Exoskeletons for all: The interplay between exoskeletons, inclusion, gender and intersectionality
Peer reviewed, Journal article
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Original versionPaladyn - Journal of Behavioral Robotics. 2020, 11 (1) https://doi.org/10.1515/pjbr-2020-0036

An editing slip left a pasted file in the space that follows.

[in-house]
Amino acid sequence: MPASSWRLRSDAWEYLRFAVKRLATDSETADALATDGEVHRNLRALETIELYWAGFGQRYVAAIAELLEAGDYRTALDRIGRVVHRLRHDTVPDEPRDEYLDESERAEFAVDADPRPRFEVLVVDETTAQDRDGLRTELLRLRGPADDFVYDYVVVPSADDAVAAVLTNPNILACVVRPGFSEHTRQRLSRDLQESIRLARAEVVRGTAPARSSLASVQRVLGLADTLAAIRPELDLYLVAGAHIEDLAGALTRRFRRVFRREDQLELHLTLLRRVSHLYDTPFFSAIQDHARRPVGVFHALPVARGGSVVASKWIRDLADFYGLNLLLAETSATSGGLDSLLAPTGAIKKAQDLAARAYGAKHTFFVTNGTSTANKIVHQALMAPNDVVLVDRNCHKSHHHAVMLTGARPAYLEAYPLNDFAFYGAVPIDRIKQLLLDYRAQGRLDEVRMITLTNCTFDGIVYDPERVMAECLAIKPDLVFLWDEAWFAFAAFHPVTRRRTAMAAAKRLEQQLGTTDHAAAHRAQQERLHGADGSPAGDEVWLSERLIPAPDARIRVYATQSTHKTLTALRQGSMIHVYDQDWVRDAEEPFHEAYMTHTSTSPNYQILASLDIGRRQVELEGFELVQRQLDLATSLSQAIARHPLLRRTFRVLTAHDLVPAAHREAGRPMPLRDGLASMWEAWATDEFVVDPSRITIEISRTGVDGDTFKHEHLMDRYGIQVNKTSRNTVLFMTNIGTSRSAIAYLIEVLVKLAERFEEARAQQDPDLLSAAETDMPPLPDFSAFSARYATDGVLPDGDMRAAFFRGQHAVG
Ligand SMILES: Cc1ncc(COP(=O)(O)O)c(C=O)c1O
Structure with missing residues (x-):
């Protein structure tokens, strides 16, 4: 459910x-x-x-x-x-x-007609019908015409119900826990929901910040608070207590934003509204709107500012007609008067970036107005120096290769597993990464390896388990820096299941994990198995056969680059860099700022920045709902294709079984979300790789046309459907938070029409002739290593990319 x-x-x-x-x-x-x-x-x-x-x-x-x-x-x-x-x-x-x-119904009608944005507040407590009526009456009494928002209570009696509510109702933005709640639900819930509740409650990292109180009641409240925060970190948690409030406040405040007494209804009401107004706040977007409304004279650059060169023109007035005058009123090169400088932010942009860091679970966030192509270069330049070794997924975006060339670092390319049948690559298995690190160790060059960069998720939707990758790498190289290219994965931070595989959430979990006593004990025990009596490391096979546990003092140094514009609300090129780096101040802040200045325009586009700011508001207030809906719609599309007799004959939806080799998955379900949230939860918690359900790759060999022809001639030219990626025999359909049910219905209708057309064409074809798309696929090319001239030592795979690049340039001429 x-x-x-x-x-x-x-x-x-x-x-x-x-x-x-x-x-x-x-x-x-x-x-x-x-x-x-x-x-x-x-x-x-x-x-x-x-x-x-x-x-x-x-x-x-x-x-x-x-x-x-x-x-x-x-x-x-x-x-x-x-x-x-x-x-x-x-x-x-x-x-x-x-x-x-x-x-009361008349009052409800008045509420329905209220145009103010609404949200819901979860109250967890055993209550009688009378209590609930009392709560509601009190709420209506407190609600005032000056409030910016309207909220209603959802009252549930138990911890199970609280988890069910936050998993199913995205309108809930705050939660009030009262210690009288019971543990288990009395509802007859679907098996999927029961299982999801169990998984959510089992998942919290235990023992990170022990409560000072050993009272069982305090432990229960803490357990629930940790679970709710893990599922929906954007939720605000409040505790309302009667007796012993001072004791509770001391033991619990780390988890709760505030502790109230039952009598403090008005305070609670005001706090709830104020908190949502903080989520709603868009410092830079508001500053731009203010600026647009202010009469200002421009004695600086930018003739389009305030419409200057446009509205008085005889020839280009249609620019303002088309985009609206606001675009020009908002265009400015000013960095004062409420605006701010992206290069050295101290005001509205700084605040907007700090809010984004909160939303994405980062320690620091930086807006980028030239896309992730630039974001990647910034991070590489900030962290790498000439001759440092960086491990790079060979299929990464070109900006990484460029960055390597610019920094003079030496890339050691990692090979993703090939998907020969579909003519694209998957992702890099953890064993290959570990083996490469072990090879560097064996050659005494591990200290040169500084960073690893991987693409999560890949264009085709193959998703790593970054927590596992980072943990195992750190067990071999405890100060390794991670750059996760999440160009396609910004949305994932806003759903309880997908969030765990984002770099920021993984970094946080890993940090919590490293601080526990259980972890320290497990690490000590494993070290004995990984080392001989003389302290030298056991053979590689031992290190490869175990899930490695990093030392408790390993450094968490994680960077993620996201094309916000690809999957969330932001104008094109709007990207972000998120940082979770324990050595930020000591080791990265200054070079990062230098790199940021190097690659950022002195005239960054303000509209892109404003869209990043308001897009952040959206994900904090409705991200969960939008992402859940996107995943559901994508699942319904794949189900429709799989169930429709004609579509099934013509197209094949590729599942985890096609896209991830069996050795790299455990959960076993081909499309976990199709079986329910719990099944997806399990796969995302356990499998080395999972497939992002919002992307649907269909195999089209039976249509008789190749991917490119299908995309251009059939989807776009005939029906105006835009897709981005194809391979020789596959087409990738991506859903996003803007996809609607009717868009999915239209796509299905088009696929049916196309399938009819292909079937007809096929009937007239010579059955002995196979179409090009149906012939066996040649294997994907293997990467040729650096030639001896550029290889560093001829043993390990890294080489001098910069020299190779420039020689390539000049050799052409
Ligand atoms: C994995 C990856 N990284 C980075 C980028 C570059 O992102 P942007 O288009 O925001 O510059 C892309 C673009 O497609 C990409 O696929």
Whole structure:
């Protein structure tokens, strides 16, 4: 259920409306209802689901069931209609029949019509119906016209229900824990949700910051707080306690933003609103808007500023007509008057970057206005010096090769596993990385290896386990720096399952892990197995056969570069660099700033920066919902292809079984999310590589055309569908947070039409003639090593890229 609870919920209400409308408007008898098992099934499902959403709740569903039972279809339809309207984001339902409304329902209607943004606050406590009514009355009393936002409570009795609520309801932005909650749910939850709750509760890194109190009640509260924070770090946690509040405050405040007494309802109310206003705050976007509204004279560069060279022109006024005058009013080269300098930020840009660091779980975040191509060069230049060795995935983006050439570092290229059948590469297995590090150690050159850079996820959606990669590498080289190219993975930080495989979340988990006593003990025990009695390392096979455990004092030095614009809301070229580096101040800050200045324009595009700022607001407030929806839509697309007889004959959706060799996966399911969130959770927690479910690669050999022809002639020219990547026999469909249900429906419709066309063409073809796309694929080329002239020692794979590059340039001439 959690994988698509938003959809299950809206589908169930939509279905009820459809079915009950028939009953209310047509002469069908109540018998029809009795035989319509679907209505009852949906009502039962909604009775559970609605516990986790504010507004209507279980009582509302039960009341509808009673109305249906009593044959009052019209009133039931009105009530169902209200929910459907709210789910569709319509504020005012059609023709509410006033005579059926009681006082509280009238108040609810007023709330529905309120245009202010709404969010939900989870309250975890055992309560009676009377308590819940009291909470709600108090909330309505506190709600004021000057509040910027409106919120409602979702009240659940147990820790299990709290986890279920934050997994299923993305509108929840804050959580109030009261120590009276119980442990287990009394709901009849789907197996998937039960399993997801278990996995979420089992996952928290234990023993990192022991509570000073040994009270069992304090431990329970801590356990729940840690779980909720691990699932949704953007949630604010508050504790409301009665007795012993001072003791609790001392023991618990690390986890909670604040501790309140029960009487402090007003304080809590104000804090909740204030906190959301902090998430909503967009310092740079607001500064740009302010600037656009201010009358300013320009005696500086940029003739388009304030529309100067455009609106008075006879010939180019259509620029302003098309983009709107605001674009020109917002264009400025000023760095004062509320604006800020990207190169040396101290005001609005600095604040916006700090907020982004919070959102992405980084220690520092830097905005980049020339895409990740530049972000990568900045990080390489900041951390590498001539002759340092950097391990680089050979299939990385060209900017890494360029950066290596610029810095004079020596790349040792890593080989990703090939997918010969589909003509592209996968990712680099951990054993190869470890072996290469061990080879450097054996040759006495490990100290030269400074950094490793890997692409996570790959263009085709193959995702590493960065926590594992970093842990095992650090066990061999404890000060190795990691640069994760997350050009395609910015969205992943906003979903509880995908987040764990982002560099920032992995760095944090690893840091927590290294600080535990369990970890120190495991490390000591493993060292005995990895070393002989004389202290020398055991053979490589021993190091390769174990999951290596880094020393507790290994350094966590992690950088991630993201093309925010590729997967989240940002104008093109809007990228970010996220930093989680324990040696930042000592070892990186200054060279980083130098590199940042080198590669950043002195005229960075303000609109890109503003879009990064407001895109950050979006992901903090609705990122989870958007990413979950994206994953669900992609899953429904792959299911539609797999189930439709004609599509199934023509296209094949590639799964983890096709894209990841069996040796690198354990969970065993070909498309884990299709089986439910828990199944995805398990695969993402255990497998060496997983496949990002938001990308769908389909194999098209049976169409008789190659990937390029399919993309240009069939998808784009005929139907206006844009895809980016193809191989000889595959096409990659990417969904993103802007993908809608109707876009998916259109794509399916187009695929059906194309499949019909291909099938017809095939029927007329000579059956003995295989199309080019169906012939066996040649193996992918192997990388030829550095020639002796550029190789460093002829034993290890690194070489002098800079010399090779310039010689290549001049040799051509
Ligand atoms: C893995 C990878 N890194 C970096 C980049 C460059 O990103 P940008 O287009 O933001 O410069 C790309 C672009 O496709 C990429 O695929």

In this article, we investigate the relation between gender and exoskeleton development through the lens of intersectionality theory. Exoskeleton users come in a wide variety of shapes, sizes, and genders. However, it is often the case that wearable robot engineers do not develop such devices primarily on the premise that the product should fit as many end users as possible. Instead, designers tend to use the one-size-fits-all approach – a design choice that seems legitimate from the return of an investment viewpoint but that may not do as much justice to end users. Intended users of exoskeletons have a series of user criteria, including height, weight, and health condition, in the case of rehabilitation. By having rigid inclusion criteria for whom the intended user of the technology can be, the exclusion criteria will grow in parallel. The implications and deep-rootedness of gender and diversity considerations in practices and structural systems have been largely disregarded. Mechanical and robot technology were historically seen as part of a distinct male sphere, and the criteria used today to develop new technology may reflect the biases that existed in another time that should no longer be valid. To make this technology available for all, we suggest some tools to designers and manufacturers to help them think beyond their target market and be more inclusive.